From 1 July 2017, a new reportable conduct scheme will commence in Victoria. It will require prescribed organisations to centrally report allegations of child abuse and misconduct towards children, which have been made against their employees or volunteers, to the Commission for Children and Young People.
If you are interested in further information, we will be conducting a 1.5-hour training session at our Melbourne Worklogic office to explore the requirements of the new scheme, with a focus on:
- What these changes mean for you: risk, compliance, culture and response
- Tips and traps for ensuring you cover off on this new law
- Stepping through a hypothetical: and what lessons you can learn now
Who does the scheme cover?
In its first year, it will apply to the following organisations, which have been identified as having a high level of responsibility for children:
- Government and non-government schools.
- Organisations registered or accredited to provide senior secondary education and training.
- Registered overseas student exchange organisations.
- Registered schools and senior secondary providers that provide approved education and training courses to students from overseas.
- Disability service providers that provides residential services for children with a disability.
- Mental health service providers that provides in-patient beds for children and young people.
- Drug or alcohol treatment services that provide in-patient beds for children and young people.
- Housing or homelessness services that provides overnight beds for children and young people, such as youth refuges.
- Child protection services.
- Out-of-home care services.
- Government departments providing services to children (including youth justice and corrective services).
The scope of the scheme will be expanded to cover further organisations working with children over the next 2 years.
What does the scheme require your organisation to do?
You must have appropriate processes in place to report allegations against workers or volunteers which involve child abuse of misconduct against children.
This means that if your organisation becomes aware of allegations of reportable conduct you must ensure that:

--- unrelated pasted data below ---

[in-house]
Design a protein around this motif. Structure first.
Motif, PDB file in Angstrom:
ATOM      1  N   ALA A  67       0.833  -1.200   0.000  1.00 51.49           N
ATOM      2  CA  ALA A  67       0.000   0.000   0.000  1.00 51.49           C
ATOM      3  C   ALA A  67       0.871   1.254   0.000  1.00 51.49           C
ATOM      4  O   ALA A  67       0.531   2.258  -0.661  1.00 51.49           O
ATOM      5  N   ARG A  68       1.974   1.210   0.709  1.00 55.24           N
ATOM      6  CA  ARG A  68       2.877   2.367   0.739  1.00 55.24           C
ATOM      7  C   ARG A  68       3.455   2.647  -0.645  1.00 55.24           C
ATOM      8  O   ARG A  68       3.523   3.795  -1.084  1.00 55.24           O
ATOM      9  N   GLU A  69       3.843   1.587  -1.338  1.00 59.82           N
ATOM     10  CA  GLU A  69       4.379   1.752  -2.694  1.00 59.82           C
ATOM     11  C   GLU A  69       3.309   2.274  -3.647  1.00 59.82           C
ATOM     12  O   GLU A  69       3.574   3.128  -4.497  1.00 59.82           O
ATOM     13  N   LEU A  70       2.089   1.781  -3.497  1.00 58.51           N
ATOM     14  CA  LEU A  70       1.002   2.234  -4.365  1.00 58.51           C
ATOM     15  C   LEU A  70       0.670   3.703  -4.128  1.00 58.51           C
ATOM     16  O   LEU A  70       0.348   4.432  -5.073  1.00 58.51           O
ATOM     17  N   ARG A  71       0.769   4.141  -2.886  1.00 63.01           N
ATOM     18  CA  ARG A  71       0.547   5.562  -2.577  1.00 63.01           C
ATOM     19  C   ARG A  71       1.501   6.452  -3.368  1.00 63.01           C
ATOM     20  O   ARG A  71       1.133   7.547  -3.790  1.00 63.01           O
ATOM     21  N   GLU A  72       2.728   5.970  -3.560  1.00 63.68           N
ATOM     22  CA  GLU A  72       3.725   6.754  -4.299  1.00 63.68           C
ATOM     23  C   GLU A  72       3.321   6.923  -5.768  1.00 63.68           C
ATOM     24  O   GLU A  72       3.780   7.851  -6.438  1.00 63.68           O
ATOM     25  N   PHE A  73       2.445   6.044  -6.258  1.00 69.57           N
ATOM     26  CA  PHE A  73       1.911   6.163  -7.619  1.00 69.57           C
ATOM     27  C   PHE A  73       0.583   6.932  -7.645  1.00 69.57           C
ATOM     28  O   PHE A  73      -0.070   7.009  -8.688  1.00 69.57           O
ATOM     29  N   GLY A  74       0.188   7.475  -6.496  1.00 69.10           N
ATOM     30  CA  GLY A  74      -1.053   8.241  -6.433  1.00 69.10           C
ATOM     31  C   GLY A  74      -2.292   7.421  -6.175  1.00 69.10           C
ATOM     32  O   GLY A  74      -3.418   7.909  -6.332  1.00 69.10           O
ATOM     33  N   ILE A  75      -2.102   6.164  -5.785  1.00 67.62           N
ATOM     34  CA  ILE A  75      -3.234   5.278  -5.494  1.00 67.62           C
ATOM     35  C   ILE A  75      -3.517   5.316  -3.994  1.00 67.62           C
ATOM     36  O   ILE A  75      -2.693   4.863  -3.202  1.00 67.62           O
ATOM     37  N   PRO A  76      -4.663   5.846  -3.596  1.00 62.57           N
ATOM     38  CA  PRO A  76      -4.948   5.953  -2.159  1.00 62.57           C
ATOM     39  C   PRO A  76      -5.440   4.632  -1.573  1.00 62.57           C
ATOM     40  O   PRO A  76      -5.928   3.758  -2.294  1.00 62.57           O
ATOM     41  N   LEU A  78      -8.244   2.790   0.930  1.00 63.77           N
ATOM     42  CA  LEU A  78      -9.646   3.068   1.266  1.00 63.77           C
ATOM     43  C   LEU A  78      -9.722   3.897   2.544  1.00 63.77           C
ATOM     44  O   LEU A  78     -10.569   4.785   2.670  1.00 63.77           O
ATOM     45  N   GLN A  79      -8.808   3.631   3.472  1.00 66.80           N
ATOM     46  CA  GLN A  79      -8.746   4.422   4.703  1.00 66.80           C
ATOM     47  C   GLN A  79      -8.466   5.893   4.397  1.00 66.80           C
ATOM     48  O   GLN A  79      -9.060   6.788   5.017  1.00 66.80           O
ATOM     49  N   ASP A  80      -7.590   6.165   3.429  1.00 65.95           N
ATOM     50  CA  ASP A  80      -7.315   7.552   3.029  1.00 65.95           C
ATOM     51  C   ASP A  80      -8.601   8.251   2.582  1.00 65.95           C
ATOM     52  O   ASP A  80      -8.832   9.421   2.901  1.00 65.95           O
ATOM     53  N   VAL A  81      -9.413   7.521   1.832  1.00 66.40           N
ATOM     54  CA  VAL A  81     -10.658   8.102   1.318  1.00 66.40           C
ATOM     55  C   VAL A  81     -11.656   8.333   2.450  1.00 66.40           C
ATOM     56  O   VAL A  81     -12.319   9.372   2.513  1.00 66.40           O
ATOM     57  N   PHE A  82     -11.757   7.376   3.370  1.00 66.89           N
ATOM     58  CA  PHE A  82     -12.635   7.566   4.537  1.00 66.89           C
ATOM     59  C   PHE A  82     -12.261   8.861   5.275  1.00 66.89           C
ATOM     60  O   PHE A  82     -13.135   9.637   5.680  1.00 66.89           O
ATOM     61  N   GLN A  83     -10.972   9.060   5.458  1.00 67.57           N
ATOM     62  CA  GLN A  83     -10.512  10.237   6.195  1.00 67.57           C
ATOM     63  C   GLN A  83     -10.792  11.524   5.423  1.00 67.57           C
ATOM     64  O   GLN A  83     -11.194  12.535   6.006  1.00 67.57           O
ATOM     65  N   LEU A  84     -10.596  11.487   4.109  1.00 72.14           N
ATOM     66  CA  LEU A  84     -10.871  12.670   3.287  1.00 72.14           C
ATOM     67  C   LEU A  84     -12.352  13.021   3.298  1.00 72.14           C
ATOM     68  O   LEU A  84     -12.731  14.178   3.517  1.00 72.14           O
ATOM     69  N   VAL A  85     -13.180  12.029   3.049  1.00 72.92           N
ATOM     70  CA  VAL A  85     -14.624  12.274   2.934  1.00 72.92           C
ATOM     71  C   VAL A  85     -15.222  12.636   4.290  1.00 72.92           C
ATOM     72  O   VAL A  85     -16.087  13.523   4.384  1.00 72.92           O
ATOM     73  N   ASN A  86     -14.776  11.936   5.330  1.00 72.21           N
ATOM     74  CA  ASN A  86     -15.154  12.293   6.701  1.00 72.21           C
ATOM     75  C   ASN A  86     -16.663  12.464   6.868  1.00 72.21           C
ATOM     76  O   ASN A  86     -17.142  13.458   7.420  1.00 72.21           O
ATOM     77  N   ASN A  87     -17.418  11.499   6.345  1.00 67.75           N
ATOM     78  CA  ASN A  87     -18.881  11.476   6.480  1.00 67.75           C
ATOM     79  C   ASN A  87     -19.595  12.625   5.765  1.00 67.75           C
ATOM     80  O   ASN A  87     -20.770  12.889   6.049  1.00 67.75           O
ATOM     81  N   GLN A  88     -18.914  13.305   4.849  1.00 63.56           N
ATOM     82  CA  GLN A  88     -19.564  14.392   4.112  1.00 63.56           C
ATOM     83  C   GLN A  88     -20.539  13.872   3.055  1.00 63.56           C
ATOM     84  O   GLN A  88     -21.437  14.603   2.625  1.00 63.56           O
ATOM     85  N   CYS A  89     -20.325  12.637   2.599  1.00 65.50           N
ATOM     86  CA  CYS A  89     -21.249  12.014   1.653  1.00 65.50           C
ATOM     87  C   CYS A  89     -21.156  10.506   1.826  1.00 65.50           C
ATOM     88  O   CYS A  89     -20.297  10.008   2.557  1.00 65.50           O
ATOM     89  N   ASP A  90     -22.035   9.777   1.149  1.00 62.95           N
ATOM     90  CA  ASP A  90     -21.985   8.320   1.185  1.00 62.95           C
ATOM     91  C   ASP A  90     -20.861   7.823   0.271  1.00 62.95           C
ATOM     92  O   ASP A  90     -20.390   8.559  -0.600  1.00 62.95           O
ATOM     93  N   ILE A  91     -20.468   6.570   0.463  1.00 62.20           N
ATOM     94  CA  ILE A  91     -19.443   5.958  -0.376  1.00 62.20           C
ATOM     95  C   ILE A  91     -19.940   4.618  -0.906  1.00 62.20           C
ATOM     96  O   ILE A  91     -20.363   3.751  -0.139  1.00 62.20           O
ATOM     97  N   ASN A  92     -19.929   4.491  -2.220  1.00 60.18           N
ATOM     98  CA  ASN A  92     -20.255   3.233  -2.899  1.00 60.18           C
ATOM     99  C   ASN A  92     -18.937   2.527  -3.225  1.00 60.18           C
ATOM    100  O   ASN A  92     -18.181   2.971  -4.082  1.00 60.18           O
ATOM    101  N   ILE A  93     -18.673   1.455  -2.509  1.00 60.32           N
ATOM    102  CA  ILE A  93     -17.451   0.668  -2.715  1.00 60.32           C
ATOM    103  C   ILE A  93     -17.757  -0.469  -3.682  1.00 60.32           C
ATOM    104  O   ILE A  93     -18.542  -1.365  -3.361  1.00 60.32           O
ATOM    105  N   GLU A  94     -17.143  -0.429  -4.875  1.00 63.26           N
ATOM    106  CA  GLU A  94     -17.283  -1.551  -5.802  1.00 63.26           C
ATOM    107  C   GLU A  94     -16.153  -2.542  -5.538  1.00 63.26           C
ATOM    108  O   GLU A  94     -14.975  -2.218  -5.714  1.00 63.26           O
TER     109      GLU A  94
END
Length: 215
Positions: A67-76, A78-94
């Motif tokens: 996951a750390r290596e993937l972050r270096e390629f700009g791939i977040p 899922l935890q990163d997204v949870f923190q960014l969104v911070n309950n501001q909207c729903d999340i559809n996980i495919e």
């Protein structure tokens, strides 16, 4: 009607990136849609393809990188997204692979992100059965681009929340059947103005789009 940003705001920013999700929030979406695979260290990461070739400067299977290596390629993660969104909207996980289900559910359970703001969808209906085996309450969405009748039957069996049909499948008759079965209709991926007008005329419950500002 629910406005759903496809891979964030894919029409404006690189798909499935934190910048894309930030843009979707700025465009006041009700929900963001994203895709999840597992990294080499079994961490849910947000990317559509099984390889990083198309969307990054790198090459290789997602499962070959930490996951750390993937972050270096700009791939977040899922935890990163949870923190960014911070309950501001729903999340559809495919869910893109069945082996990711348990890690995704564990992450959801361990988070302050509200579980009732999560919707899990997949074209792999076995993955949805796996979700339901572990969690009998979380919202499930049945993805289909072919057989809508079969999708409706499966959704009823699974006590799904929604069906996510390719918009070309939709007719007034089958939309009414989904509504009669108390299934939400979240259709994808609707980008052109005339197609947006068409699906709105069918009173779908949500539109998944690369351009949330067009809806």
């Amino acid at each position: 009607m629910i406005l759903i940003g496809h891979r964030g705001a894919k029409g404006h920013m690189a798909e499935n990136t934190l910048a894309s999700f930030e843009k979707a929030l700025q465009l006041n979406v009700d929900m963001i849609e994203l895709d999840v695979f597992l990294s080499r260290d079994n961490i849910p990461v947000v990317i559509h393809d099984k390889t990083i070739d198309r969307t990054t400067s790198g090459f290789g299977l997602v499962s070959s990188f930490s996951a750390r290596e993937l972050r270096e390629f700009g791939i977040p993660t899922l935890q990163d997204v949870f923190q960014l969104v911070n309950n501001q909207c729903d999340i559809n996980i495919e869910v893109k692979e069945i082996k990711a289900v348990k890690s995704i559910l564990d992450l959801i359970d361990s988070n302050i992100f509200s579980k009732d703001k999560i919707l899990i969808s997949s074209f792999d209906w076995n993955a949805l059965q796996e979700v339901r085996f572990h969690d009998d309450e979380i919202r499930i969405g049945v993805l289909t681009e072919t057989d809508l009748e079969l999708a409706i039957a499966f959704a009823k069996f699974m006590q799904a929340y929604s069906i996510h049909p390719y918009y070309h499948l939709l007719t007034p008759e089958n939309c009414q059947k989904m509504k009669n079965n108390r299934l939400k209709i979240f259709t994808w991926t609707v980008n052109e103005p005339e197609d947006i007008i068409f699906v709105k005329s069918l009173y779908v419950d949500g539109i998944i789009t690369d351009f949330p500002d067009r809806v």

- A person in a relevant position of authority is made aware of the allegations.
- You have procedures in place to report the allegations to the Commission for Children and Young People.
- There is an appropriate investigation of the allegations.
- Any findings and reasons for the outcome of an investigation is reported to the Commission for Children and Young People.
These requirements are in addition to your existing obligations to report criminal conduct to Victoria Police and participate in police investigations.
Practical tips to ensure you’re prepared
- Review your existing policies and procedures
The introduction of the new scheme provides a timely reminder to review your existing misconduct and employee behavioural policies to ensure that there are clear and accessible processes in place for staff, volunteers, children, carers and anyone else with concerns about inappropriate conduct involving children to raise these. It’s also an excellent time to review your complaints processes more broadly to ensure these are current and effective.
- Ensure your staff have a strong understanding of how to conduct an effective procedurally fair and legally sound investigation
The requirement to report on the outcome and findings of the investigation into any reportable conduct highlights the fundamental importance of having the means to conduct robust and defensible investigations.
You should review your internal capacity to undertake investigations into the type of sensitive matters covered by the scheme and consider whether your staff require training on how to undertake this work to ensure that all investigations are procedurally fair and legally sound.
You should also think about the circumstances in which it may be to appoint an external investigator.
- Communicate the commencement of the scheme with your staff.
The commencement of the scheme needs to be communicated to your staff and volunteers. Think about how best to make your staff aware of it. Depending on the size and nature of your organisation, an email bulletin, followed by a discussion at team meetings may be best. Alternatively, you could use briefings on the scheme as an opportunity to provide your staff and volunteers with more extensive refresher training on their general obligations to report and respond to inappropriate and unlawful behaviour in the workplace.